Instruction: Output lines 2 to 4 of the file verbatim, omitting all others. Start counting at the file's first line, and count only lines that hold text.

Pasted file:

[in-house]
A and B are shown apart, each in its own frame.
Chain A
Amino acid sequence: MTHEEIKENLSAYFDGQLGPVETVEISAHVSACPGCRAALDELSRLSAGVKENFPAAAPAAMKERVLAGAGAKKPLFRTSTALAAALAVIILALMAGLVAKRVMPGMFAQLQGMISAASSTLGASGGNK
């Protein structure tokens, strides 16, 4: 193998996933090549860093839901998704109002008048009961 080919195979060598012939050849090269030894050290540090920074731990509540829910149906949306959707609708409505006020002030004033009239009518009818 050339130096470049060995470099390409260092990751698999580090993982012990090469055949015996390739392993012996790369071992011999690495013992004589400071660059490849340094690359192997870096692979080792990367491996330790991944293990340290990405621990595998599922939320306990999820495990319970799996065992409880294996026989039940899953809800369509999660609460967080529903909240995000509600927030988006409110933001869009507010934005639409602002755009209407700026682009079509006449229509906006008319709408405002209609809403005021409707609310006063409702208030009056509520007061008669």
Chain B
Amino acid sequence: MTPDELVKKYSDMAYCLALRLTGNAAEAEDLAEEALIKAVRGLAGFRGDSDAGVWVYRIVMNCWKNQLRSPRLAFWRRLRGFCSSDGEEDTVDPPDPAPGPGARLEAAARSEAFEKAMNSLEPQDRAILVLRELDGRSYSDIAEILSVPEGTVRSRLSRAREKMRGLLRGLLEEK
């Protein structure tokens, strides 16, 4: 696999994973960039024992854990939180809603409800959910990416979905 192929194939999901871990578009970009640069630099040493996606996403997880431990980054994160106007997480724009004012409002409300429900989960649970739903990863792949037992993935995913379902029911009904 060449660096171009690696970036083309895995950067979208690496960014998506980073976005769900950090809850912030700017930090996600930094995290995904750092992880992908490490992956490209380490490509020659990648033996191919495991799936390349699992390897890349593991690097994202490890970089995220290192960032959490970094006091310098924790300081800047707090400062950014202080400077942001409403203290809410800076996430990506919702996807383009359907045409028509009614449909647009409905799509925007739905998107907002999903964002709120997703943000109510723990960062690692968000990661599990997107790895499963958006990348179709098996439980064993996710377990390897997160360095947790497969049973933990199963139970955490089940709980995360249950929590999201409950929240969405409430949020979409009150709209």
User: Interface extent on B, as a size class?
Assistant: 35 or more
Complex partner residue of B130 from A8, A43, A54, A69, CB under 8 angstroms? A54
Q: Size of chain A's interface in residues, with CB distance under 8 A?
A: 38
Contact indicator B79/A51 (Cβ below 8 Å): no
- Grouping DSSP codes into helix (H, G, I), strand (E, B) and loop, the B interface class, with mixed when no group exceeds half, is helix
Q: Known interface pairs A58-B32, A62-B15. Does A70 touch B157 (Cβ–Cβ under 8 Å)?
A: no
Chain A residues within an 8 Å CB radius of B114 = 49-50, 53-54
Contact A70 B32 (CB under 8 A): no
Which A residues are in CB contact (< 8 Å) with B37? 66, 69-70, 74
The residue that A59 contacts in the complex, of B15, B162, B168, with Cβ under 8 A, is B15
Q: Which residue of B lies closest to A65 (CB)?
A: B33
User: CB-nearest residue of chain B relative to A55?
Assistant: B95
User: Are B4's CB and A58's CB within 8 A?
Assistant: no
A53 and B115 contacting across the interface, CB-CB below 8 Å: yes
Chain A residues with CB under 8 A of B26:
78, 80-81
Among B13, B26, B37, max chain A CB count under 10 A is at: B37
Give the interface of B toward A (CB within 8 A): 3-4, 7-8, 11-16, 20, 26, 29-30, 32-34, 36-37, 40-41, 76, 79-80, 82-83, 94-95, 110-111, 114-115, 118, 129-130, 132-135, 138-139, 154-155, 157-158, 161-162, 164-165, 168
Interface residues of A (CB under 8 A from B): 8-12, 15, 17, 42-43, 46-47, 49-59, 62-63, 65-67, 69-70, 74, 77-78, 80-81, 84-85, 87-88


A and B are shown apart, each in its own frame.
Chain A
Amino acid sequence: MTHEEIKENLSAYFDGQLGPVETVEISAHVSACPGCRAALDELSRLSAGVKENFPAAAPAAMKERVLAGAGAKKPLFRTSTALAAALAVIILALMAGLVAKRVMPGMFAQLQGMISAASSTLGASGGNK